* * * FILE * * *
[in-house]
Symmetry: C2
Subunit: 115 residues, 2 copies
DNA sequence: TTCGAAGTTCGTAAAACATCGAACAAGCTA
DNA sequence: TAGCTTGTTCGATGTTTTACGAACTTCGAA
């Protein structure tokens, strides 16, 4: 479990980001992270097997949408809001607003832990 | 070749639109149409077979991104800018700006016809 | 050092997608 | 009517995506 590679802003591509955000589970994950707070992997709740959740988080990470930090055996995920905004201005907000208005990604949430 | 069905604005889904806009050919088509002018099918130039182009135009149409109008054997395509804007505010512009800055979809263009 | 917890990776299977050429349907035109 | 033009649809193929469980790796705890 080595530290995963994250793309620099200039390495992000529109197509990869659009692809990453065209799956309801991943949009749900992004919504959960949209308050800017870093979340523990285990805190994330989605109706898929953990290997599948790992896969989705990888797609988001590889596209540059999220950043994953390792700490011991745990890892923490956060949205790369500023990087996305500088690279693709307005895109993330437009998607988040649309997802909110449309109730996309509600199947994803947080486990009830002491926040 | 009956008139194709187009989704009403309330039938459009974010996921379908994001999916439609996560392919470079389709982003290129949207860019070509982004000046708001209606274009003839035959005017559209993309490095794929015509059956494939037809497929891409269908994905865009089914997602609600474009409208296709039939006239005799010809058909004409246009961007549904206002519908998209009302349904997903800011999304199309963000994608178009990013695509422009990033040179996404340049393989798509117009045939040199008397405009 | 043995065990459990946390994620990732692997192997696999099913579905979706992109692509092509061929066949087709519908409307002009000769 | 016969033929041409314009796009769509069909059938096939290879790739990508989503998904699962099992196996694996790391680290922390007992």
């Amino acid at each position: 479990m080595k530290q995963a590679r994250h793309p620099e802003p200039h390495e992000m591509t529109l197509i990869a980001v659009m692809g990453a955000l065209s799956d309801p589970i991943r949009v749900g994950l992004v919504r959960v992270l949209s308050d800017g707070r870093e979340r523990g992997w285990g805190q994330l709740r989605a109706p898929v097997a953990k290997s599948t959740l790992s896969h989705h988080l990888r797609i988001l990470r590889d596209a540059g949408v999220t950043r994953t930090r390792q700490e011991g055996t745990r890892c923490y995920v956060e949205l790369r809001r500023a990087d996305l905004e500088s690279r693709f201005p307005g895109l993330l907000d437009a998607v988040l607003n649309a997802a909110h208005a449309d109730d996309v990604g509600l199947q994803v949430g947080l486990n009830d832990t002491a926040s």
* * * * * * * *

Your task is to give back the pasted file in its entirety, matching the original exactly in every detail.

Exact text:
[in-house]
Symmetry: C2
Subunit: 115 residues, 2 copies
DNA sequence: TTCGAAGTTCGTAAAACATCGAACAAGCTA
DNA sequence: TAGCTTGTTCGATGTTTTACGAACTTCGAA
């Protein structure tokens, strides 16, 4: 479990980001992270097997949408809001607003832990 | 070749639109149409077979991104800018700006016809 | 050092997608 | 009517995506 590679802003591509955000589970994950707070992997709740959740988080990470930090055996995920905004201005907000208005990604949430 | 069905604005889904806009050919088509002018099918130039182009135009149409109008054997395509804007505010512009800055979809263009 | 917890990776299977050429349907035109 | 033009649809193929469980790796705890 080595530290995963994250793309620099200039390495992000529109197509990869659009692809990453065209799956309801991943949009749900992004919504959960949209308050800017870093979340523990285990805190994330989605109706898929953990290997599948790992896969989705990888797609988001590889596209540059999220950043994953390792700490011991745990890892923490956060949205790369500023990087996305500088690279693709307005895109993330437009998607988040649309997802909110449309109730996309509600199947994803947080486990009830002491926040 | 009956008139194709187009989704009403309330039938459009974010996921379908994001999916439609996560392919470079389709982003290129949207860019070509982004000046708001209606274009003839035959005017559209993309490095794929015509059956494939037809497929891409269908994905865009089914997602609600474009409208296709039939006239005799010809058909004409246009961007549904206002519908998209009302349904997903800011999304199309963000994608178009990013695509422009990033040179996404340049393989798509117009045939040199008397405009 | 043995065990459990946390994620990732692997192997696999099913579905979706992109692509092509061929066949087709519908409307002009000769 | 016969033929041409314009796009769509069909059938096939290879790739990508989503998904699962099992196996694996790391680290922390007992």
């Amino acid at each position: 479990m080595k530290q995963a590679r994250h793309p620099e802003p200039h390495e992000m591509t529109l197509i990869a980001v659009m692809g990453a955000l065209s799956d309801p589970i991943r949009v749900g994950l992004v919504r959960v992270l949209s308050d800017g707070r870093e979340r523990g992997w285990g805190q994330l709740r989605a109706p898929v097997a953990k290997s599948t959740l790992s896969h989705h988080l990888r797609i988001l990470r590889d596209a540059g949408v999220t950043r994953t930090r390792q700490e011991g055996t745990r890892c923490y995920v956060e949205l790369r809001r500023a990087d996305l905004e500088s690279r693709f201005p307005g895109l993330l907000d437009a998607v988040l607003n649309a997802a909110h208005a449309d109730d996309v990604g509600l199947q994803v949430g947080l486990n009830d832990t002491a926040s």